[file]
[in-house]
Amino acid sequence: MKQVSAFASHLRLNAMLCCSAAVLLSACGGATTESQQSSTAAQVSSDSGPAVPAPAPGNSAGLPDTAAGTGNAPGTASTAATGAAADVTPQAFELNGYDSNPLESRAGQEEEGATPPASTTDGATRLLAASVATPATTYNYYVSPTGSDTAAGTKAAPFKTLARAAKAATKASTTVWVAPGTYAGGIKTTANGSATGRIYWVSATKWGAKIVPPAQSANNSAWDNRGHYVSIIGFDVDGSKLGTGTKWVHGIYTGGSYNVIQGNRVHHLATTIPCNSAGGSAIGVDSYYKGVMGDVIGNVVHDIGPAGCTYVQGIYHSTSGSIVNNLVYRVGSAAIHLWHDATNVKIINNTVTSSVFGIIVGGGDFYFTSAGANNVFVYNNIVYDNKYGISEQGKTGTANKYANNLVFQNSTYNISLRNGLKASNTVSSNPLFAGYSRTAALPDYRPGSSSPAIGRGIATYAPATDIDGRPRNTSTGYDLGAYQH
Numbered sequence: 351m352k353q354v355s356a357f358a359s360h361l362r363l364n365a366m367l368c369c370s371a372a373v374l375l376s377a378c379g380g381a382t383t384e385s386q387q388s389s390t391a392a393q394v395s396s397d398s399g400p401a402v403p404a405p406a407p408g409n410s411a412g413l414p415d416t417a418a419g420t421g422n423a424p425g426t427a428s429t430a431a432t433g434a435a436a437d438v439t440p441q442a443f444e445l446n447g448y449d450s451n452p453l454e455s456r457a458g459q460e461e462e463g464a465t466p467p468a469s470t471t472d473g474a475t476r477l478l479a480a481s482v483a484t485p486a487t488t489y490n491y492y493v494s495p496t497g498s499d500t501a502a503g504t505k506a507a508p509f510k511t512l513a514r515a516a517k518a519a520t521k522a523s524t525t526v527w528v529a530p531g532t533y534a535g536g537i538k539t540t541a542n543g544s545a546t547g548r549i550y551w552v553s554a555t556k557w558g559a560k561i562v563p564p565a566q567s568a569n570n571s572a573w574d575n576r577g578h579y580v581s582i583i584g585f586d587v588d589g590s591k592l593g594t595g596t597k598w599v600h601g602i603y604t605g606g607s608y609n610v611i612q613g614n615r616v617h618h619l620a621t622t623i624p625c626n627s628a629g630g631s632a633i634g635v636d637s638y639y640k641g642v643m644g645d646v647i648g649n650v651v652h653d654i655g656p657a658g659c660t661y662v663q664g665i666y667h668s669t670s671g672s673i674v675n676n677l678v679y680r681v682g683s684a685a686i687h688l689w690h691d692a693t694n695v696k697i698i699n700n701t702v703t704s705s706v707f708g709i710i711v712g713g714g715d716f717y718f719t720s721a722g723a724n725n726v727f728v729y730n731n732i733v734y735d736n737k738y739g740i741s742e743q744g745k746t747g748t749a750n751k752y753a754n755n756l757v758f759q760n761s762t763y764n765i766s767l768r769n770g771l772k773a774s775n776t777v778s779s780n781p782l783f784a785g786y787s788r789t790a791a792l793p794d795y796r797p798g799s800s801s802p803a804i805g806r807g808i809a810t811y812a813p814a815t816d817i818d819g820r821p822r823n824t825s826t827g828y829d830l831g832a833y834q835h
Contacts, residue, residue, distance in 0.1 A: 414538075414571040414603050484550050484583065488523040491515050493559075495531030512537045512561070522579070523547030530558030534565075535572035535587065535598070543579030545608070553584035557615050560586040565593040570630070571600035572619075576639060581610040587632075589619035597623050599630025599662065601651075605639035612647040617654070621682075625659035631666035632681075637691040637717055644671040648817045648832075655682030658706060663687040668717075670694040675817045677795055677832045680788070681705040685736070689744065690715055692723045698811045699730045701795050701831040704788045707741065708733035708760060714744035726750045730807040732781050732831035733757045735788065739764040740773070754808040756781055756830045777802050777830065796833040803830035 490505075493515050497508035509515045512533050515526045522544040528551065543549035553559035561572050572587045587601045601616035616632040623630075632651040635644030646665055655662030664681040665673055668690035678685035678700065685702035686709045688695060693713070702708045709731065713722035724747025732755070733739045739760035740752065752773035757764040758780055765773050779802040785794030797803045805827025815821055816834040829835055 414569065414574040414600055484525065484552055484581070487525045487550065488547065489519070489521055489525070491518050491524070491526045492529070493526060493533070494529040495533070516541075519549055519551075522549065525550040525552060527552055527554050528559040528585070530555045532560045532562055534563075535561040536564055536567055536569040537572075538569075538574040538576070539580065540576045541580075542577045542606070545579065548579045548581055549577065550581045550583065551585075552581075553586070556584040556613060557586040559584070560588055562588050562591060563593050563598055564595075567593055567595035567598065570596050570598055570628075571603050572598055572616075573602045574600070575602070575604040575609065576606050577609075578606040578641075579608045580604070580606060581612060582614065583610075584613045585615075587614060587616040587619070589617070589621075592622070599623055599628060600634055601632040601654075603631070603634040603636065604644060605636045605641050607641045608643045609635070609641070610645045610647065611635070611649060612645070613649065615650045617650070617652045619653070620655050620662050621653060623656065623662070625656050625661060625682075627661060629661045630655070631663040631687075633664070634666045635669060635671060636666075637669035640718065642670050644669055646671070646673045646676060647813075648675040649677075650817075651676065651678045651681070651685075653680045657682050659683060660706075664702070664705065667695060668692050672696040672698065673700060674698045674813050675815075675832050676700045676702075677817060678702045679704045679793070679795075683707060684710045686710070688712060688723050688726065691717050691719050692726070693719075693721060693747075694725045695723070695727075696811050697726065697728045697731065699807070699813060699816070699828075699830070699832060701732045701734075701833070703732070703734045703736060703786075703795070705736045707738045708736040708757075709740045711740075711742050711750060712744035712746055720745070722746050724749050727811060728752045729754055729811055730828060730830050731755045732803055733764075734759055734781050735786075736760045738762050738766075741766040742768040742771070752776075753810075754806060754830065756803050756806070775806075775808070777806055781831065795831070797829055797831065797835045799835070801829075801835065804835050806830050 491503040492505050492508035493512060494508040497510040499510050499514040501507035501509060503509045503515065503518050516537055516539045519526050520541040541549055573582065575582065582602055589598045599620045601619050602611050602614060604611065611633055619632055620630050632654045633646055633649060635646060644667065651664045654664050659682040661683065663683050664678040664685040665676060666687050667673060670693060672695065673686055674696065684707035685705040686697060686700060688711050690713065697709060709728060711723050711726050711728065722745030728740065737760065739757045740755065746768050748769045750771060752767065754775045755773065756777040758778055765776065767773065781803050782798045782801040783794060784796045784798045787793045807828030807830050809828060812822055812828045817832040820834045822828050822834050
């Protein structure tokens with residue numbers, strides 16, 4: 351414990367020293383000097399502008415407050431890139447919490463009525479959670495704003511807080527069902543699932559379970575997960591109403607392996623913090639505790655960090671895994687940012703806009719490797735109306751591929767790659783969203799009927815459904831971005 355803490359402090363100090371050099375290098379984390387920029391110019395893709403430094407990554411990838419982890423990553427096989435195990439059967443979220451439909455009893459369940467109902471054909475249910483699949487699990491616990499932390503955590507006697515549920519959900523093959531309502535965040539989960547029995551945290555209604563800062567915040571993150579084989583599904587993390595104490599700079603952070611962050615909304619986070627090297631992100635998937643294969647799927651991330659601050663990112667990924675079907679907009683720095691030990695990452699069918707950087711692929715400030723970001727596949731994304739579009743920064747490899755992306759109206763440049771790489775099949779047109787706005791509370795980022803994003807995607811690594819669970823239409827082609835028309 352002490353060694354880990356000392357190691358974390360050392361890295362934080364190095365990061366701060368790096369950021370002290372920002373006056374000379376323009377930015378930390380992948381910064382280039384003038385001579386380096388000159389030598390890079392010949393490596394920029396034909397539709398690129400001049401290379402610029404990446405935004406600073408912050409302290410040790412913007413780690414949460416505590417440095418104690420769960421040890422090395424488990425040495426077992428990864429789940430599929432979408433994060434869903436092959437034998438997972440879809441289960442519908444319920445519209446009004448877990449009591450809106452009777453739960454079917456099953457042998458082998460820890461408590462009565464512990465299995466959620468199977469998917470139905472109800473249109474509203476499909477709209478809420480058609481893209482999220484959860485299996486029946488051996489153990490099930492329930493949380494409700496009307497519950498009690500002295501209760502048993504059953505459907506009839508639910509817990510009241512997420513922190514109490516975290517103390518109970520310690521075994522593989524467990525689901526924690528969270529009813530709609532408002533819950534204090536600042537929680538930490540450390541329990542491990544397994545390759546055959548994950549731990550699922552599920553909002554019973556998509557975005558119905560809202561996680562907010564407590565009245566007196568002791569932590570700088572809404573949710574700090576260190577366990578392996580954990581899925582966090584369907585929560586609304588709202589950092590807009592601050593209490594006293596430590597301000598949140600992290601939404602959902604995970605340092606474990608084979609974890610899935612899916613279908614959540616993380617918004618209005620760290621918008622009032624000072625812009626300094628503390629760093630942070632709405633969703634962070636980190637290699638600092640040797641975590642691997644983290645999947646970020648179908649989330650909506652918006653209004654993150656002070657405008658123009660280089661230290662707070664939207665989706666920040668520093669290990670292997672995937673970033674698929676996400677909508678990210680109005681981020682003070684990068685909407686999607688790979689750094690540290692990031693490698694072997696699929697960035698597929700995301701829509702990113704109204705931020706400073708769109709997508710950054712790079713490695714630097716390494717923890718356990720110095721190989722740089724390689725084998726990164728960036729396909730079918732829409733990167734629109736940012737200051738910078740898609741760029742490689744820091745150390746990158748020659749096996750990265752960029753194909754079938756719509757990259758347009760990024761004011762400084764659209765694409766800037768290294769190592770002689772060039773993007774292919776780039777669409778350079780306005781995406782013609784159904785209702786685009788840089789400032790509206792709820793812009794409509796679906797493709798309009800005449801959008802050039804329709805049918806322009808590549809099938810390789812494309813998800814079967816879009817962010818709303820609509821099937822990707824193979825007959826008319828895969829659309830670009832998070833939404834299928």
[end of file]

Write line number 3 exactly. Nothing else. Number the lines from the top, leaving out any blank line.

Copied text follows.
Numbered sequence: 351m352k353q354v355s356a357f358a359s360h361l362r363l364n365a366m367l368c369c370s371a372a373v374l375l376s377a378c379g380g381a382t383t384e385s386q387q388s389s390t391a392a393q394v395s396s397d398s399g400p401a402v403p404a405p406a407p408g409n410s411a412g413l414p415d416t417a418a419g420t421g422n423a424p425g426t427a428s429t430a431a432t433g434a435a436a437d438v439t440p441q442a443f444e445l446n447g448y449d450s451n452p453l454e455s456r457a458g459q460e461e462e463g464a465t466p467p468a469s470t471t472d473g474a475t476r477l478l479a480a481s482v483a484t485p486a487t488t489y490n491y492y493v494s495p496t497g498s499d500t501a502a503g504t505k506a507a508p509f510k511t512l513a514r515a516a517k518a519a520t521k522a523s524t525t526v527w528v529a530p531g532t533y534a535g536g537i538k539t540t541a542n543g544s545a546t547g548r549i550y551w552v553s554a555t556k557w558g559a560k561i562v563p564p565a566q567s568a569n570n571s572a573w574d575n576r577g578h579y580v581s582i583i584g585f586d587v588d589g590s591k592l593g594t595g596t597k598w599v600h601g602i603y604t605g606g607s608y609n610v611i612q613g614n615r616v617h618h619l620a621t622t623i624p625c626n627s628a629g630g631s632a633i634g635v636d637s638y639y640k641g642v643m644g645d646v647i648g649n650v651v652h653d654i655g656p657a658g659c660t661y662v663q664g665i666y667h668s669t670s671g672s673i674v675n676n677l678v679y680r681v682g683s684a685a686i687h688l689w690h691d692a693t694n695v696k697i698i699n700n701t702v703t704s705s706v707f708g709i710i711v712g713g714g715d716f717y718f719t720s721a722g723a724n725n726v727f728v729y730n731n732i733v734y735d736n737k738y739g740i741s742e743q744g745k746t747g748t749a750n751k752y753a754n755n756l757v758f759q760n761s762t763y764n765i766s767l768r769n770g771l772k773a774s775n776t777v778s779s780n781p782l783f784a785g786y787s788r789t790a791a792l793p794d795y796r797p798g799s800s801s802p803a804i805g806r807g808i809a810t811y812a813p814a815t816d817i818d819g820r821p822r823n824t825s826t827g828y829d830l831g832a833y834q835h